So why do so many runners lose their toenails? The biggest culprit is poor fitting shoes. When running for long periods of time, if that toe is rubbing up against the front of your shoe, bruising can occur. Running downhill and running in hot weather (downhill causes trauma, warm temps make the feet swell) can increase the odds of injuring a toenail or two. Other causes are trauma to the toes like jumping from a second story window or stumping your toe on a rock.

To prevent bruised toenails, make sure that you’re wearing the correct running shoe size (at least 1/2 size bigger than your street size), and keep your foot as dry as possible by wearing good wicking socks, not cotton ones.

If you have a bruised toenail, no worries. It will fall off with a new nail trailing right behind. The experts say to leave it alone, as long as the pain is manageable. The damaged part of the nail is gradually pushed off, and a new nail will replace it. Don’t force the old nail off – it will fall off on its own. If at any point you notice redness and infection, see a doctor. Personally, I cut mine off so it doesn’t snag on stuff and rip off like in the case of Hooteeny. My way is by no means doctor approved and it’s gross but it’s the truth.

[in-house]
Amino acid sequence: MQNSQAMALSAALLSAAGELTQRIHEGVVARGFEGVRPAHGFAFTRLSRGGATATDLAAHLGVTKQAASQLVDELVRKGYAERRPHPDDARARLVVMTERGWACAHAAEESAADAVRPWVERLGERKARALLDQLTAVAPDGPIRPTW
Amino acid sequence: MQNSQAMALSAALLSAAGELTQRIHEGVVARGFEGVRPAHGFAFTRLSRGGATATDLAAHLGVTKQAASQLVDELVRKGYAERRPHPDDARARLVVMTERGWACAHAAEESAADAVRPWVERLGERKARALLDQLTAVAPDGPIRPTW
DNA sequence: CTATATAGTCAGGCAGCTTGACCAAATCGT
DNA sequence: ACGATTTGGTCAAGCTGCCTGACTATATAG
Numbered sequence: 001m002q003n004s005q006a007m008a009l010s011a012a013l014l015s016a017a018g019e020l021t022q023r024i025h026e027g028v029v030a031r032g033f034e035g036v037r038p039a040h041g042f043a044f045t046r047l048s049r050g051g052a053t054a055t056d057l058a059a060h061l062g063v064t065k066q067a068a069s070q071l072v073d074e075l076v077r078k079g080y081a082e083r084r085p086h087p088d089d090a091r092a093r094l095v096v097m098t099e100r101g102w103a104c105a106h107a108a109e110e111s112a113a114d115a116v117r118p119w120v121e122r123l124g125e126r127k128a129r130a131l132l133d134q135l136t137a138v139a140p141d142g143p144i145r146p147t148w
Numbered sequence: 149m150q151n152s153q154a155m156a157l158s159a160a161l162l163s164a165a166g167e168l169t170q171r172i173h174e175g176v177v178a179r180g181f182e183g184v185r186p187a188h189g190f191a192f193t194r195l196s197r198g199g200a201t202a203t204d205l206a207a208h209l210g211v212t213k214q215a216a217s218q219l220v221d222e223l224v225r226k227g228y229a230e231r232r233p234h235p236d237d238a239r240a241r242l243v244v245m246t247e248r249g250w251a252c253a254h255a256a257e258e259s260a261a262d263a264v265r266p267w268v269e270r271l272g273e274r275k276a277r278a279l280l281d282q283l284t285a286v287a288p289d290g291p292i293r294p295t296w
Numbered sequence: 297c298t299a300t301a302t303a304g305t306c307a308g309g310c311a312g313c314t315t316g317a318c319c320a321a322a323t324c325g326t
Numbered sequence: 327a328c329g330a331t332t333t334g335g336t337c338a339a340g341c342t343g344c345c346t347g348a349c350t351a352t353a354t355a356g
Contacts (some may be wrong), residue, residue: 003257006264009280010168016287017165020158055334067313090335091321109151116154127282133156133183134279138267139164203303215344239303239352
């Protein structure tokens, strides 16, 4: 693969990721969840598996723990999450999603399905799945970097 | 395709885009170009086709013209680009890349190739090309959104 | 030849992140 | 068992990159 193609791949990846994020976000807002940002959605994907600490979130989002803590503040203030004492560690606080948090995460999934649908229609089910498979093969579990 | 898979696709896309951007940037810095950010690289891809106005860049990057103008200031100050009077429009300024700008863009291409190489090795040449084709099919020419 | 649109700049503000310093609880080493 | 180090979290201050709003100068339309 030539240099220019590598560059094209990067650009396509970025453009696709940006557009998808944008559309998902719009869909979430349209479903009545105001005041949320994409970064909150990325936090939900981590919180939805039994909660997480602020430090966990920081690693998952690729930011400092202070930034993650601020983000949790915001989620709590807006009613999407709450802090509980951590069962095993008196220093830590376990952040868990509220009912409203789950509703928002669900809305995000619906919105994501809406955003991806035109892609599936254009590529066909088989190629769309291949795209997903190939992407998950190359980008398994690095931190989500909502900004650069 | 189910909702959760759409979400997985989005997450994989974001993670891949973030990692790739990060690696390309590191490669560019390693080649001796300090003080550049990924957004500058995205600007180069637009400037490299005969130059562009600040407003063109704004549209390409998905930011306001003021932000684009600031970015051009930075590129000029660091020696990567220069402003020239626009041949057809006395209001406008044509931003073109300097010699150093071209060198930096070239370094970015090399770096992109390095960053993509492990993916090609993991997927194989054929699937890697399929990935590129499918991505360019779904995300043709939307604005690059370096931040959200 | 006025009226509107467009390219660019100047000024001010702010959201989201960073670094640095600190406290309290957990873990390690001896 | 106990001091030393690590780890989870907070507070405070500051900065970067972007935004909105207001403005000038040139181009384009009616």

If you’re concerned about having a pretty pedicure, I’ve read about people who use nail polish directly on the skin as the nail comes in, or glue the nail that fell off to your new nail that is coming in. Personally I think that’s even nastier than no toenail at all. My suggestion, embrace your battle wound with pride and let nature run its course.

This post was inspired by Hooteeny, the K9 Escapologist.


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Reema & CJ take August Client of the Month!

Reema & CJ

Reema & CJ

Please send a big ol’… HEY NOW! HOLLA HOLLA!!! To Reema and CJ, Motion Starved’s August Clients of the Month!

In less than two months Reema has managed to notably increase her race speed, strengthen her entire body and say bye-bye to pain from a previous injury.

CJ on the other hand has learned that you don’t have to huff and puff to get yourself up a hill, she’s gained calorie burning, luscious looking muscle mass and increased her planking time from :15 to a full :60. The best part of CJ’s progress… she’s realized that a strong core and the ability to master the plank comes in handy not only while working out, but on the play ground of life!

Thanks for all your hard work and positive attitudes ladies! You make a gal proud!

(A special thanks to Athleta SF for supplying them with fashionable prizes.)